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The 193rd General Court of the Commonwealth of Massachusetts

Section 31: Prerequisites to approval of organization certificate or charter amendments

Section 31. Said board of higher education, in acting upon the certificate of organization in connection with the proposed incorporation of a junior college, with power to grant degrees, or in acting upon articles of amendment to the charter of any existing educational institution which will give it power to grant junior college degrees or provide for a descriptive phrase under section thirty, or changing its name to a name which will include the term ''junior college'', shall not approve such certificate or articles unless—

First, The institution is offering instruction on a level and to a degree of thoroughness distinctly above that of the secondary school and below that of advanced senior college specialization, and offering either (a) a two-year course of study on a collegiate level, equivalent in content, scope and thoroughness to that offered in the standard four-year colleges and universities, or (b) a two-year terminal course of study of a vocational or semi-professional training, or both.

Second, The institution is organized under the laws of the commonwealth as an educational institution, and shall have operated as such an institution for a period of not less than one year immediately prior to the filing of the petition for such privilege. The general character of the institution, its professional outlook, and the character and quality of its leadership and personnel shall be determining factors in the approval of the institution.

Third, The faculty of the institution consists of teachers with adequate preparation and successful experience in their respective training fields, and in academic courses, a high percentage of the instructors have satisfactorily completed one year of advanced study after having attained the baccalaureate degree, and in terminal, semi-professional courses, instructors are able to provide evidence of a high degree of proficiency in their special fields.

Fourth, The basis for admission to the institution is the satisfactory completion of a secondary school program, or its equivalent.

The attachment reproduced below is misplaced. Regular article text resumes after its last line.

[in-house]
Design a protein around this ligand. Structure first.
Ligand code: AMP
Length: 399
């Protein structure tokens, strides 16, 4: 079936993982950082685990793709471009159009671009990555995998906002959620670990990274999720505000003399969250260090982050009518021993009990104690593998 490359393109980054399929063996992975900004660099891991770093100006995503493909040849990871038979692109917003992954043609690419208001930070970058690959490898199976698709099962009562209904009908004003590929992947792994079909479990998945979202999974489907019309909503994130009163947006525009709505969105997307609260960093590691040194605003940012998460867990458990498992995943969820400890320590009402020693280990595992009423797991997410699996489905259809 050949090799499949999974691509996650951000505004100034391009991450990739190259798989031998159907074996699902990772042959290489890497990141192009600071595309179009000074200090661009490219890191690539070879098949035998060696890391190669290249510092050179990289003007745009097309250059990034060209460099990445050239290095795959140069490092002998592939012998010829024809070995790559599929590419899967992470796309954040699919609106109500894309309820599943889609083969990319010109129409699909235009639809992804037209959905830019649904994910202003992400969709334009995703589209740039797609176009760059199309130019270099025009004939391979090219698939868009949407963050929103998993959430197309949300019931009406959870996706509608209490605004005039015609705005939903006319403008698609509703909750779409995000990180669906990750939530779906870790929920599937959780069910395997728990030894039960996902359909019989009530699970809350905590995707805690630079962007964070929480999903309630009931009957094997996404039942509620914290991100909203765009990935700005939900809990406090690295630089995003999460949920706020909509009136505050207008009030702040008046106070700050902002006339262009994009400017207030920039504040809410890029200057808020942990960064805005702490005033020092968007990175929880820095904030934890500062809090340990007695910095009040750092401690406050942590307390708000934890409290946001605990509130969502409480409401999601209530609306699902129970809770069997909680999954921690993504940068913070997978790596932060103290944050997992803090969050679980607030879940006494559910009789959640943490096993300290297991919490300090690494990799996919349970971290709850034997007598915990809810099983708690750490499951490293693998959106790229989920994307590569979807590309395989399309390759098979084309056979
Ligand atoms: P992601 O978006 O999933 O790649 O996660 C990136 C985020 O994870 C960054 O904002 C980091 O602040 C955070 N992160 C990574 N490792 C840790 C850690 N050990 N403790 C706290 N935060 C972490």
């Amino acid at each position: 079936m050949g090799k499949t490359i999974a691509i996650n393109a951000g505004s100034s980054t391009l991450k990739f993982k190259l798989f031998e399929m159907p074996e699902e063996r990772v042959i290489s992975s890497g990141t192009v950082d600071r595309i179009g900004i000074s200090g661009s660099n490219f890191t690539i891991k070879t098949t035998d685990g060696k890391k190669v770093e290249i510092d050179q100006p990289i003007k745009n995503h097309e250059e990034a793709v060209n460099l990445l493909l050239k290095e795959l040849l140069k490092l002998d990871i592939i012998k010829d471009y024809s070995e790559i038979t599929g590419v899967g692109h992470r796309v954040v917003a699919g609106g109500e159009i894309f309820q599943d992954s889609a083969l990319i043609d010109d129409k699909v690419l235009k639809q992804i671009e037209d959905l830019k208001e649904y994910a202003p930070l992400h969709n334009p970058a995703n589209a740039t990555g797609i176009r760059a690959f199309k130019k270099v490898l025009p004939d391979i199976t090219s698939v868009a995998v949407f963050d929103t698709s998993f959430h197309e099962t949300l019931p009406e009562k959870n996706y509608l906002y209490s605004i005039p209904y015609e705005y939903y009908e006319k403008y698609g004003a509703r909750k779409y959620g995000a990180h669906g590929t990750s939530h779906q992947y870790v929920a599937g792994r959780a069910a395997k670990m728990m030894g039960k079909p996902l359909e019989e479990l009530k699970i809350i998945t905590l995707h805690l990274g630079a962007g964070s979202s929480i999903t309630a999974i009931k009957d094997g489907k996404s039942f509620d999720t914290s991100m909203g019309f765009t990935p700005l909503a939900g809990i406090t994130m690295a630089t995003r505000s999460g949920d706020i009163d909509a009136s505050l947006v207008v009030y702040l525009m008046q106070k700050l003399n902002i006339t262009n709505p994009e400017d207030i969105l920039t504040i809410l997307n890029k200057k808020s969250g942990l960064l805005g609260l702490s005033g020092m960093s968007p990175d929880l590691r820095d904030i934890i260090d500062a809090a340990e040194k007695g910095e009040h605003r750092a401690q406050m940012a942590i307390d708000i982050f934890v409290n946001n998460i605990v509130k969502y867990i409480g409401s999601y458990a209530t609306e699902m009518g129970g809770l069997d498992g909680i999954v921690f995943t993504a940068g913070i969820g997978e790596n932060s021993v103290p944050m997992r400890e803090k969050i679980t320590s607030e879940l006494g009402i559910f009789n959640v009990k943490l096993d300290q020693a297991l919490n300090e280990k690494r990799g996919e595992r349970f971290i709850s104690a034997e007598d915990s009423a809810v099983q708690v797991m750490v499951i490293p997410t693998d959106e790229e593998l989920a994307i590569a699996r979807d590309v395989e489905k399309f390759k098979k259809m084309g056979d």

Fifth, Requirements for graduation are based upon the satisfactory completion of a minimum of sixty semester hours of study, exclusive of physical training and exercise and institutions organized on other than the semester hour basis give evidence of the equivalence of the work provided. A semester hour, for the purposes of this clause, is hereby defined as a class, meeting for one hour weekly for at least fifteen weeks.

Sixth, The institution, if offering two-year courses of study on a collegiate level, undertakes to provide the equivalent of the general education of the first two years of the standard four-year college, and gives satisfactory evidence that its semi-professional curricula are designed to provide reasonably proper instruction to students taking courses of a vocational or semi-professional nature.

Seventh, The institution has an adequate library, adequately housed, properly catalogued, has an adequate supply of current periodicals, including scientific and research journals, if such journals are properly related to the courses of study offered, and has a satisfactory annual appropriation for its continued maintenance.

Eighth, Laboratories, when necessary in connection with the courses of study offered, are adequately equipped for instructional purposes with sufficient space and suitable apparatus and equipment to meet the educational objectives of the institution, whether they be cultural or semi-professional.

Ninth, The material equipment of the institution, including its lands, buildings, classrooms and dormitories, is sufficient to insure efficient operation, and its physical plant provides safe, sanitary and healthful conditions, as judged by modern standards.

Tenth, Teaching or classroom hours of teaching in the institution do not exceed eighteen hours weekly, and classes are ordinarily limited to thirty students and the ratio of students to instructors above the level of assistants is not unreasonably excessive.

Eleventh, The institution, if seeking to provide a program equivalent to the first two years of the standard college program, offers work in at least five separate departments: English, mathematics, foreign languages, natural sciences and social sciences.

Twelfth, If the institution intends to operate a junior college and a preparatory or secondary school under the same administration, provision is made for a separation between the two divisions of the institution, and, if the institution maintains housing quarters for its students, junior college students and secondary school students will be housed in separate quarters.

Thirteenth, The institution submits evidence of sound financial structure and operation over a period of at least two years.